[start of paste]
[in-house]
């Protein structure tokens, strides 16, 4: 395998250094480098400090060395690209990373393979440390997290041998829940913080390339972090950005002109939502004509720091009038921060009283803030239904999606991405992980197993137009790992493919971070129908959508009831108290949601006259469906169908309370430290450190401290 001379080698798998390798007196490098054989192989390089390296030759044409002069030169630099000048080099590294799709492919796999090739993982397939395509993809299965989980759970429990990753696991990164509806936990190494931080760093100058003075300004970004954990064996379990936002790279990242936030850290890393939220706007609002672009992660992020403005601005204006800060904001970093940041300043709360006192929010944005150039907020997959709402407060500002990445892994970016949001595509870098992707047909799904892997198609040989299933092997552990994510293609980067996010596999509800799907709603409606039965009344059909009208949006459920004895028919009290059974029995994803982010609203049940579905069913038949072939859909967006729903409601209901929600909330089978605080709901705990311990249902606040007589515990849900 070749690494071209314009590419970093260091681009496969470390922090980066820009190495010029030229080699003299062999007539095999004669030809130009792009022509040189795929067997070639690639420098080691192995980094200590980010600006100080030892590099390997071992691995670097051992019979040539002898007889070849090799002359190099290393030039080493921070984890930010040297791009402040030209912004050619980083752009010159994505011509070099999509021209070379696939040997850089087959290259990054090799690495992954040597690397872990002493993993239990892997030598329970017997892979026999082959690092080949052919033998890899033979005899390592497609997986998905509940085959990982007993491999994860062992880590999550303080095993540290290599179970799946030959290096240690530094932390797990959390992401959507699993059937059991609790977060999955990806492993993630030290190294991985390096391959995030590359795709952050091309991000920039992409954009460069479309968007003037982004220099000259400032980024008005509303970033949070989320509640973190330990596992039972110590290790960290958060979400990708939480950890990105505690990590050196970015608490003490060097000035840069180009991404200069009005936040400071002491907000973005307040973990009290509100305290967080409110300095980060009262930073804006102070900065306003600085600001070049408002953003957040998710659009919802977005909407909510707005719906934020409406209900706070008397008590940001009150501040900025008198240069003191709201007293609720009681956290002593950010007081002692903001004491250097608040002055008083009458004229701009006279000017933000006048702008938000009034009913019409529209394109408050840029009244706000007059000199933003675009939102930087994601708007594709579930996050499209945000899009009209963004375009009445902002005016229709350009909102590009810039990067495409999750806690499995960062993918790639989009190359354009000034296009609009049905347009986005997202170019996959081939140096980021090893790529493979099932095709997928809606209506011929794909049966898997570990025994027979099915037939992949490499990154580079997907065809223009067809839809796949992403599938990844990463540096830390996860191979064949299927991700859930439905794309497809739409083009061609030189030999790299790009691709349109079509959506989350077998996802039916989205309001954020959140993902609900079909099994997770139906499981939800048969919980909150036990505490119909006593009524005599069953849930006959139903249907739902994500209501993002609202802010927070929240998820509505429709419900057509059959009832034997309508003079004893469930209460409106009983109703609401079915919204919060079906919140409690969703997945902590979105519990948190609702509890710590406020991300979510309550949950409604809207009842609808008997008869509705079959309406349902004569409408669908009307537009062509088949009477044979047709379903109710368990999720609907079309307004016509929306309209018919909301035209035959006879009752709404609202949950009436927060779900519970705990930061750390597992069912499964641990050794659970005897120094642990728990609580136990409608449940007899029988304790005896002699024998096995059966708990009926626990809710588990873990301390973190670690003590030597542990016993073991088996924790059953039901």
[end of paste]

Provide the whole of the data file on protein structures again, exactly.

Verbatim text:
[in-house]
């Protein structure tokens, strides 16, 4: 395998250094480098400090060395690209990373393979440390997290041998829940913080390339972090950005002109939502004509720091009038921060009283803030239904999606991405992980197993137009790992493919971070129908959508009831108290949601006259469906169908309370430290450190401290 001379080698798998390798007196490098054989192989390089390296030759044409002069030169630099000048080099590294799709492919796999090739993982397939395509993809299965989980759970429990990753696991990164509806936990190494931080760093100058003075300004970004954990064996379990936002790279990242936030850290890393939220706007609002672009992660992020403005601005204006800060904001970093940041300043709360006192929010944005150039907020997959709402407060500002990445892994970016949001595509870098992707047909799904892997198609040989299933092997552990994510293609980067996010596999509800799907709603409606039965009344059909009208949006459920004895028919009290059974029995994803982010609203049940579905069913038949072939859909967006729903409601209901929600909330089978605080709901705990311990249902606040007589515990849900 070749690494071209314009590419970093260091681009496969470390922090980066820009190495010029030229080699003299062999007539095999004669030809130009792009022509040189795929067997070639690639420098080691192995980094200590980010600006100080030892590099390997071992691995670097051992019979040539002898007889070849090799002359190099290393030039080493921070984890930010040297791009402040030209912004050619980083752009010159994505011509070099999509021209070379696939040997850089087959290259990054090799690495992954040597690397872990002493993993239990892997030598329970017997892979026999082959690092080949052919033998890899033979005899390592497609997986998905509940085959990982007993491999994860062992880590999550303080095993540290290599179970799946030959290096240690530094932390797990959390992401959507699993059937059991609790977060999955990806492993993630030290190294991985390096391959995030590359795709952050091309991000920039992409954009460069479309968007003037982004220099000259400032980024008005509303970033949070989320509640973190330990596992039972110590290790960290958060979400990708939480950890990105505690990590050196970015608490003490060097000035840069180009991404200069009005936040400071002491907000973005307040973990009290509100305290967080409110300095980060009262930073804006102070900065306003600085600001070049408002953003957040998710659009919802977005909407909510707005719906934020409406209900706070008397008590940001009150501040900025008198240069003191709201007293609720009681956290002593950010007081002692903001004491250097608040002055008083009458004229701009006279000017933000006048702008938000009034009913019409529209394109408050840029009244706000007059000199933003675009939102930087994601708007594709579930996050499209945000899009009209963004375009009445902002005016229709350009909102590009810039990067495409999750806690499995960062993918790639989009190359354009000034296009609009049905347009986005997202170019996959081939140096980021090893790529493979099932095709997928809606209506011929794909049966898997570990025994027979099915037939992949490499990154580079997907065809223009067809839809796949992403599938990844990463540096830390996860191979064949299927991700859930439905794309497809739409083009061609030189030999790299790009691709349109079509959506989350077998996802039916989205309001954020959140993902609900079909099994997770139906499981939800048969919980909150036990505490119909006593009524005599069953849930006959139903249907739902994500209501993002609202802010927070929240998820509505429709419900057509059959009832034997309508003079004893469930209460409106009983109703609401079915919204919060079906919140409690969703997945902590979105519990948190609702509890710590406020991300979510309550949950409604809207009842609808008997008869509705079959309406349902004569409408669908009307537009062509088949009477044979047709379903109710368990999720609907079309307004016509929306309209018919909301035209035959006879009752709404609202949950009436927060779900519970705990930061750390597992069912499964641990050794659970005897120094642990728990609580136990409608449940007899029988304790005896002699024998096995059966708990009926626990809710588990873990301390973190670690003590030597542990016993073991088996924790059953039901």